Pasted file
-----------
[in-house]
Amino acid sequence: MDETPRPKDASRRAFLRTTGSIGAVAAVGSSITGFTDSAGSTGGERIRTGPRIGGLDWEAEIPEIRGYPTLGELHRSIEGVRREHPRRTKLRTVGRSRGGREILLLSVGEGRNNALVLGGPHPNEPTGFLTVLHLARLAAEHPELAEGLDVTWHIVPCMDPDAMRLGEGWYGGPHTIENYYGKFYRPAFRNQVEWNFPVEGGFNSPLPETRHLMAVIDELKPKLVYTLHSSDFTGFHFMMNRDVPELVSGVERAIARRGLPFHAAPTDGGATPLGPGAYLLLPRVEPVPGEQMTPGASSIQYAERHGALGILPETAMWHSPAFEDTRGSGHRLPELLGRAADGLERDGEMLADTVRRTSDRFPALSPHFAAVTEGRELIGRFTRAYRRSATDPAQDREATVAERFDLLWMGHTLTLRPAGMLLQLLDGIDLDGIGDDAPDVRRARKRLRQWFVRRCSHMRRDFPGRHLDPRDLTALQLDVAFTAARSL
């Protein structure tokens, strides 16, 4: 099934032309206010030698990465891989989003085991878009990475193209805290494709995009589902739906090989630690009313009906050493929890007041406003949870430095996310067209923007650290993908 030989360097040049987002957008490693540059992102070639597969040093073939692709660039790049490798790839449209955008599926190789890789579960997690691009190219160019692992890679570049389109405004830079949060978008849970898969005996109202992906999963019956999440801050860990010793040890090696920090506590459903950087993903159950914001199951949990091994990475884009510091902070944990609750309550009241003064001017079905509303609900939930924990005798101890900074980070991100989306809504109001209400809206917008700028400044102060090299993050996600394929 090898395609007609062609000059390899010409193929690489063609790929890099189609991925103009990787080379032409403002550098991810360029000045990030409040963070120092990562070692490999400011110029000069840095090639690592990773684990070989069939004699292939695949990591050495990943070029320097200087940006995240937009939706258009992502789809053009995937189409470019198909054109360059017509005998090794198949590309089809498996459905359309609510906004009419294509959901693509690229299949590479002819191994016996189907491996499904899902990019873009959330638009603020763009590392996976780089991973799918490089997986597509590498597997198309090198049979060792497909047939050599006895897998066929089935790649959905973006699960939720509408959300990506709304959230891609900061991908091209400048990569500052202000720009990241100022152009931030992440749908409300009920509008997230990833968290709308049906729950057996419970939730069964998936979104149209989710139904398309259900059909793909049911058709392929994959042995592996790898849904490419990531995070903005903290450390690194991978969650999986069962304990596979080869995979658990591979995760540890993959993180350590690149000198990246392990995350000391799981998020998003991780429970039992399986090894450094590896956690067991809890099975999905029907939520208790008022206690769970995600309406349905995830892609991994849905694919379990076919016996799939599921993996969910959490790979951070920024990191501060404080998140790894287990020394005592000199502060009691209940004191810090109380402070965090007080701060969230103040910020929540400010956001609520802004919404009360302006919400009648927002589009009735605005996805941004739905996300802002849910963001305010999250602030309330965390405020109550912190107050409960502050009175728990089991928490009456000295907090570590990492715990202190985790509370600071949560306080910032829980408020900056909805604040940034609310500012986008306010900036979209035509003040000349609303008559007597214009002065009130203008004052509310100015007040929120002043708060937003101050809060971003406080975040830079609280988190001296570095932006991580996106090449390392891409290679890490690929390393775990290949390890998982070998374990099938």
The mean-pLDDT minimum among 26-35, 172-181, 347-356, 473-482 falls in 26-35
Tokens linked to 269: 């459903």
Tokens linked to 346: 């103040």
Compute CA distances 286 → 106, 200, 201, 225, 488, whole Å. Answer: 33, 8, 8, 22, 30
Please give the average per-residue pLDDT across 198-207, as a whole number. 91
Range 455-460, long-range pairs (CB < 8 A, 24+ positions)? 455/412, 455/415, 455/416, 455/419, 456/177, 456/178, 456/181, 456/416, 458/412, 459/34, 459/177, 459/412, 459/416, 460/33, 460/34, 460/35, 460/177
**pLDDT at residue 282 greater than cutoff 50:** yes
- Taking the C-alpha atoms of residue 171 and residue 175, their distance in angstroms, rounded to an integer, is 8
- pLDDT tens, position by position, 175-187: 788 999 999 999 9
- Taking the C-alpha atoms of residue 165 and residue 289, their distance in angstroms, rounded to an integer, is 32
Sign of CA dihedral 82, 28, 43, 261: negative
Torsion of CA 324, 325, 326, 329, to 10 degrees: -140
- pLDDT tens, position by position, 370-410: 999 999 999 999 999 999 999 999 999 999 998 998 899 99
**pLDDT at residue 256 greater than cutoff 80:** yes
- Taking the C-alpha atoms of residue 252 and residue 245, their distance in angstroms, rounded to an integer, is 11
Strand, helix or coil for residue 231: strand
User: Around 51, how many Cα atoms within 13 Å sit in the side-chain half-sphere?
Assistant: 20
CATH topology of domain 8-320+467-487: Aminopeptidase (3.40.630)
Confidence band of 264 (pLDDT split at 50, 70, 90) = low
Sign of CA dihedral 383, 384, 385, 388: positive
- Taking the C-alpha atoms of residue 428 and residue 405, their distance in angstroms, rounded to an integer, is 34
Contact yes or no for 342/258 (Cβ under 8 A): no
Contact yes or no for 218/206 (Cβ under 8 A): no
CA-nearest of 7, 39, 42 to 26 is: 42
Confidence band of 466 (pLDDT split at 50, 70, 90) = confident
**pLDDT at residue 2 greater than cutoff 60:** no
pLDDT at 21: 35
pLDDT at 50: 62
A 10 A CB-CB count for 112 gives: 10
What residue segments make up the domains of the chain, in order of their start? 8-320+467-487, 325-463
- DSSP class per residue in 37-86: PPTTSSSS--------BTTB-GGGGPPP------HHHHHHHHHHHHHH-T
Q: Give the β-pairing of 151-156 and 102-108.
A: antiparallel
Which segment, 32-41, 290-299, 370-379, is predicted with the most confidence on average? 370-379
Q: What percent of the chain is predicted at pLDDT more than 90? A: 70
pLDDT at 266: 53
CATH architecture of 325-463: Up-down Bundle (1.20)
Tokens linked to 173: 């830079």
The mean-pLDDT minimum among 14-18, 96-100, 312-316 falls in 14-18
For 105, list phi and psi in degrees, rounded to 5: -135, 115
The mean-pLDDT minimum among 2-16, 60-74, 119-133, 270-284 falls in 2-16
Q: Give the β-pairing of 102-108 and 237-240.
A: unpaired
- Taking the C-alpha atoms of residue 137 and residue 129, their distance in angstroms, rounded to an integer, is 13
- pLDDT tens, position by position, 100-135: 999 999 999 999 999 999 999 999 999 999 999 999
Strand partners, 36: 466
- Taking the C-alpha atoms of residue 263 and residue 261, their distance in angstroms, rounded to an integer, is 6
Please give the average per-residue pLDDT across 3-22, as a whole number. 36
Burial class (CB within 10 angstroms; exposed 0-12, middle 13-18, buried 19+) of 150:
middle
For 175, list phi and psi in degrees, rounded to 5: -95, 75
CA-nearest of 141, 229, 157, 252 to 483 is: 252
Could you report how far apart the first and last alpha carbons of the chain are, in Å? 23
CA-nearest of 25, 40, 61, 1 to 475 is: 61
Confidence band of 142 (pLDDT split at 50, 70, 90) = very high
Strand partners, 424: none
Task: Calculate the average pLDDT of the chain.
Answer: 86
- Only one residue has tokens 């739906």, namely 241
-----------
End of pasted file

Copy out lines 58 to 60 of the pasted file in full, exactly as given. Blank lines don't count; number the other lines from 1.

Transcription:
CA-nearest of 25, 40, 61, 1 to 475 is: 61
Confidence band of 142 (pLDDT split at 50, 70, 90) = very high
Strand partners, 424: none